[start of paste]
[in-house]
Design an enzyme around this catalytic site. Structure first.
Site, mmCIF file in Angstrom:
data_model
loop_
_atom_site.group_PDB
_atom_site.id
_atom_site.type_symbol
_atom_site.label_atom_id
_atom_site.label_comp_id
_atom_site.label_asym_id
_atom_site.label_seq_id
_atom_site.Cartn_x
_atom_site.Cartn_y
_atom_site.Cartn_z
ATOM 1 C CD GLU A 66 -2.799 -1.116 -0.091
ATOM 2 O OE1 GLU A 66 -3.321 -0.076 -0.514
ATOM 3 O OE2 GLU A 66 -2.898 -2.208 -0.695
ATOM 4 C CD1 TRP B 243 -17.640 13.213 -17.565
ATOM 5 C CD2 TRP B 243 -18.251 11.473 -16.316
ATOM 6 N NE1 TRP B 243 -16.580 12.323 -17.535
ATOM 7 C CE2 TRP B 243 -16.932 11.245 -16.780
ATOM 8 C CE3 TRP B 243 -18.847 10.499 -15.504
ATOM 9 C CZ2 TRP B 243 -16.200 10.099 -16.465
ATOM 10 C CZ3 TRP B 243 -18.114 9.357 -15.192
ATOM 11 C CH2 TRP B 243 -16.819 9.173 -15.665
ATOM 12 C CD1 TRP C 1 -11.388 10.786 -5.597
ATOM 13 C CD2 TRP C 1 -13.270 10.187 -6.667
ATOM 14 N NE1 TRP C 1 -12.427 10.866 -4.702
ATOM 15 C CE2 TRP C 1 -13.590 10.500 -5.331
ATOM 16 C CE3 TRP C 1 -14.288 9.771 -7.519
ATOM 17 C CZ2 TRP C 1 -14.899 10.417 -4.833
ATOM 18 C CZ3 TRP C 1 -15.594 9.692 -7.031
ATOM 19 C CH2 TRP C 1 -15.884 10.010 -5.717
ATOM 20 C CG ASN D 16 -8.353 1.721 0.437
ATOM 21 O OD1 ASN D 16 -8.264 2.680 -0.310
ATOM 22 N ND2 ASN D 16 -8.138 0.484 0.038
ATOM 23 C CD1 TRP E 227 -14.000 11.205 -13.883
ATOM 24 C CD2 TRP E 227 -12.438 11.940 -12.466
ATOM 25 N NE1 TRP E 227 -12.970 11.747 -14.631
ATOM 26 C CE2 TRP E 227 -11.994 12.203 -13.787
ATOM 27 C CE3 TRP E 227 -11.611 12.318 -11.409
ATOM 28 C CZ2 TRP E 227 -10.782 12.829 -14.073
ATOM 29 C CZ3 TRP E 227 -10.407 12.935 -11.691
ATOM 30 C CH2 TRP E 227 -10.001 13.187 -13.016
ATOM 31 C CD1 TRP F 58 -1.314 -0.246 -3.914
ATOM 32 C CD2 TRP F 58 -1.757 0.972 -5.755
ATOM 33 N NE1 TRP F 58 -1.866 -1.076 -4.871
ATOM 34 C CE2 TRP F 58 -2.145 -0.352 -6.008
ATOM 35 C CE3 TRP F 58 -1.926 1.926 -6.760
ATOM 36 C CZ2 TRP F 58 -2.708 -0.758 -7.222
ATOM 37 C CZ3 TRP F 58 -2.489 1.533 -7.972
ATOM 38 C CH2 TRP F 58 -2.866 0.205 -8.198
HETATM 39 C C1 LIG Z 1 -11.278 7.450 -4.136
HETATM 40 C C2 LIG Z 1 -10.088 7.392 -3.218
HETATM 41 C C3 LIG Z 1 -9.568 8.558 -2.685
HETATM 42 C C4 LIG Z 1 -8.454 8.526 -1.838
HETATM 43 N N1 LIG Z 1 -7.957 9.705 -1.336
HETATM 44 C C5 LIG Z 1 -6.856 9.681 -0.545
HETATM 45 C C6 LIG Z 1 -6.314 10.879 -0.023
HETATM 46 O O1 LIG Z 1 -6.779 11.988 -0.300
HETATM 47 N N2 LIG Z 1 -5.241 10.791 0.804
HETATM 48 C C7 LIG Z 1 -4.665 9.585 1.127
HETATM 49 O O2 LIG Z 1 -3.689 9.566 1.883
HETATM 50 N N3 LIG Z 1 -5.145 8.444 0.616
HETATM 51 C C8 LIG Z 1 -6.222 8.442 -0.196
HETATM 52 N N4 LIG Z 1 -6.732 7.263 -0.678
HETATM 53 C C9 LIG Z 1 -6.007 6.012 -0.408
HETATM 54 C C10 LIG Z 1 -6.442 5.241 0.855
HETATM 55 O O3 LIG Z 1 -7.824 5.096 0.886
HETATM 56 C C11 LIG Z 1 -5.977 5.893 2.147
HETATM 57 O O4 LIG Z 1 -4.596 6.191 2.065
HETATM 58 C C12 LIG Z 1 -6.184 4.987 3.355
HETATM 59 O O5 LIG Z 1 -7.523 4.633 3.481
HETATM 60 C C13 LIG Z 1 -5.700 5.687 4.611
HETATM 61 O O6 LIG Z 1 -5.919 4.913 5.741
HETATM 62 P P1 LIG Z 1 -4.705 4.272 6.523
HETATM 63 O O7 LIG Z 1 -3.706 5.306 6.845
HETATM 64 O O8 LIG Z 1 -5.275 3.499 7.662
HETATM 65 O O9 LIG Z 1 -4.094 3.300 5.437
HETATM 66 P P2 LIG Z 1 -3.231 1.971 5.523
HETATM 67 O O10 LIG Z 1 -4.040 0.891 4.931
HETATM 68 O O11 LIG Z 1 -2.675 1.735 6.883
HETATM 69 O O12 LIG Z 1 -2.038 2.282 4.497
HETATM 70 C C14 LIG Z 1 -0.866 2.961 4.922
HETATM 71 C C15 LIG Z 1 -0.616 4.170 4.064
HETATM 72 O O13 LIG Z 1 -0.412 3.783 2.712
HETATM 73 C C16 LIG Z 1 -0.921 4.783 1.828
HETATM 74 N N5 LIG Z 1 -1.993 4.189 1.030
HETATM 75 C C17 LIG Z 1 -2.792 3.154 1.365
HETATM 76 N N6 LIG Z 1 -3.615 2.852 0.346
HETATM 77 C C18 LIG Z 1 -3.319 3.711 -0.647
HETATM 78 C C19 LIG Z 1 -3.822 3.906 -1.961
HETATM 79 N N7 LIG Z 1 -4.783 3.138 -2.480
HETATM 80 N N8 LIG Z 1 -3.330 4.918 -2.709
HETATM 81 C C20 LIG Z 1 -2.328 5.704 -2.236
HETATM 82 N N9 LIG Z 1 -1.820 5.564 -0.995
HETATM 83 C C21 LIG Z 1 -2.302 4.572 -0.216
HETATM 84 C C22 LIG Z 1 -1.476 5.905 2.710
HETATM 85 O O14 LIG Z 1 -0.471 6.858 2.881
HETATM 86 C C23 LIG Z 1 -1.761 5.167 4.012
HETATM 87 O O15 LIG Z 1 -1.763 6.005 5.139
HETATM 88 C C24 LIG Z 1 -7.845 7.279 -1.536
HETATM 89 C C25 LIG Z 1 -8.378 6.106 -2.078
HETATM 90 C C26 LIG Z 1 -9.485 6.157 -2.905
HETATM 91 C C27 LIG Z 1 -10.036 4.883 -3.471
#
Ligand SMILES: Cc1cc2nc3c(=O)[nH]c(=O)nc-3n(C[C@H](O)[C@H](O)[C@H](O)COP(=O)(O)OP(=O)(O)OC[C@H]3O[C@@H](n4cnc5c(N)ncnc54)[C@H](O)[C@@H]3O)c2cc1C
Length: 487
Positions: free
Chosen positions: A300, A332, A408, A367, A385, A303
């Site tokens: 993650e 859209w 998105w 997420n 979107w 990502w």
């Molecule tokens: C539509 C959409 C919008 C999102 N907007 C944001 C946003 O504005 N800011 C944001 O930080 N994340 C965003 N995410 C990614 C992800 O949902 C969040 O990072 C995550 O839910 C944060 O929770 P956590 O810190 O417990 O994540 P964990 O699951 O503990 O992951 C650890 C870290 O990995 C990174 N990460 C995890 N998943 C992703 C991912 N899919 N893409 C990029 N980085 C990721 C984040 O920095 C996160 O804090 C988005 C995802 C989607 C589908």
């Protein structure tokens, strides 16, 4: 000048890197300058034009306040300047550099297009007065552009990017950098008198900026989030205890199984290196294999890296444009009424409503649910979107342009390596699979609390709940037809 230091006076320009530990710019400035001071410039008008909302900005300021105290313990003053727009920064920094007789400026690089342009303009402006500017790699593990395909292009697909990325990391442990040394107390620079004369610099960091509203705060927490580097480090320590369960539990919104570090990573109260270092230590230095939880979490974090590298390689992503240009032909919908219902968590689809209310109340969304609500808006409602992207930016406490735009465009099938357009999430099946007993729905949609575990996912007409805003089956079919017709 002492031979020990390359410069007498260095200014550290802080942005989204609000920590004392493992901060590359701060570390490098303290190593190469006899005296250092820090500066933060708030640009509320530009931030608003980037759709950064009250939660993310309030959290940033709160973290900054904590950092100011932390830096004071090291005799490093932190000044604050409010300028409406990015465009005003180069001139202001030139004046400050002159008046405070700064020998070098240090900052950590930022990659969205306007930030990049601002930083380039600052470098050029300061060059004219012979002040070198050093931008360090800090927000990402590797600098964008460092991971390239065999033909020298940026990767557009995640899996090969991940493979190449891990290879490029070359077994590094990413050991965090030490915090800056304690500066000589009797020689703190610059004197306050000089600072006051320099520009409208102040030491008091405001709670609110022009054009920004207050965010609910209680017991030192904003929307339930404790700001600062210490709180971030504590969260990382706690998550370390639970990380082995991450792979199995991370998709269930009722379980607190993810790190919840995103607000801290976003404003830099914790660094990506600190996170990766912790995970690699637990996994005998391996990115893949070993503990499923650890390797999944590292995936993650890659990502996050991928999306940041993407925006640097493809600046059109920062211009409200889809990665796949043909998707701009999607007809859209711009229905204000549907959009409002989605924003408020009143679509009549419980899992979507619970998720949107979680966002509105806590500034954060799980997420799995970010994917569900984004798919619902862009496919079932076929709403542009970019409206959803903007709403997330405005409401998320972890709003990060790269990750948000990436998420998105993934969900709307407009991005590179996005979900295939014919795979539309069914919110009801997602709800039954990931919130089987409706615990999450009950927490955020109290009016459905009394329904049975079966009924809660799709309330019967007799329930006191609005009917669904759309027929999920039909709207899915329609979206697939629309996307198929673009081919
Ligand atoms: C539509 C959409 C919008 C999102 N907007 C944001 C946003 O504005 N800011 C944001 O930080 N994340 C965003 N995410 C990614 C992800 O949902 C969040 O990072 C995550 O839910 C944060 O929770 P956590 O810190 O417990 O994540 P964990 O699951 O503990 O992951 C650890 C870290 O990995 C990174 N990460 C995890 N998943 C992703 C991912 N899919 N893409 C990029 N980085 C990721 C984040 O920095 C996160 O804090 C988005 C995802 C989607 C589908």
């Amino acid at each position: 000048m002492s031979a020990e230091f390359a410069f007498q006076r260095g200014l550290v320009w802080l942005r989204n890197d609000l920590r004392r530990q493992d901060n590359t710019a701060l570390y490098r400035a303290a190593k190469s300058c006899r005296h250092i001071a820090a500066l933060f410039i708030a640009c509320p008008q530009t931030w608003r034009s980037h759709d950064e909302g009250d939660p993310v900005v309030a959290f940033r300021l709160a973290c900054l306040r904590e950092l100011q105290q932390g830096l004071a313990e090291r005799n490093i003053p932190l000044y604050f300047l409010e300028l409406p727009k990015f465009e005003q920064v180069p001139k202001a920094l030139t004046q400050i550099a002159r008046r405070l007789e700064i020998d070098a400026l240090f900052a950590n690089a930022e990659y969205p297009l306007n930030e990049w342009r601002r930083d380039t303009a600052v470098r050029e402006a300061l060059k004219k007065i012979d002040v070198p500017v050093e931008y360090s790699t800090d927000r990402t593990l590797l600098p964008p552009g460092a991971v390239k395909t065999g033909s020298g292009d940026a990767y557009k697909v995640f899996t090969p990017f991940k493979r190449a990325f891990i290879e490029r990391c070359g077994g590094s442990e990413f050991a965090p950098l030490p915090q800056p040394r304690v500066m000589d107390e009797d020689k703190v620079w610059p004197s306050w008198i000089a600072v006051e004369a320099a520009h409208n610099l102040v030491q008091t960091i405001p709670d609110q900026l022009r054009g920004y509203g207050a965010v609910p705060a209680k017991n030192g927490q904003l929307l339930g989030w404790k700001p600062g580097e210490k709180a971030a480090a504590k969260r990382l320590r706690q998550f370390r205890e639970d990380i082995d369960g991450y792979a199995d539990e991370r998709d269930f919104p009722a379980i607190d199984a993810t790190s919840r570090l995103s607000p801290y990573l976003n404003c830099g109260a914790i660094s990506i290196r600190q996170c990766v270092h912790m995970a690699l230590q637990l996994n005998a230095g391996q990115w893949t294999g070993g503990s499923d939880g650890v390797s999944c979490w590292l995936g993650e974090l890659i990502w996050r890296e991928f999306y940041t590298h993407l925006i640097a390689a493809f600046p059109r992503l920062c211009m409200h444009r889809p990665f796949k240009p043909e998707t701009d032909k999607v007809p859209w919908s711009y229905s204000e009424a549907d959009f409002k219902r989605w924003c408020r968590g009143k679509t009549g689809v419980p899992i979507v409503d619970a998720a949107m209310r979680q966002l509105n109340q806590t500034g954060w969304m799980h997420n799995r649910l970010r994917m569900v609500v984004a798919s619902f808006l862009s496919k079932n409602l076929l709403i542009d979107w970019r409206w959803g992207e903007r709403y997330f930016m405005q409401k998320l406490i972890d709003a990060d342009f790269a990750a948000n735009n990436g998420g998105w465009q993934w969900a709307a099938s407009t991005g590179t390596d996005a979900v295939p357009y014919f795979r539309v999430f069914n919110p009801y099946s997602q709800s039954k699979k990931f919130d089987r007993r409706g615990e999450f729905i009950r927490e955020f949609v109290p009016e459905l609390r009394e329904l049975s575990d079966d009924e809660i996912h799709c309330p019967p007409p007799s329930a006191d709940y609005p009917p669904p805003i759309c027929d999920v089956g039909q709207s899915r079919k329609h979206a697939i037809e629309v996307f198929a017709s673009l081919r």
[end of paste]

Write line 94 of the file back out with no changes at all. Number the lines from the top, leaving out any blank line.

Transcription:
HETATM 79 N N7 LIG Z 1 -4.783 3.138 -2.480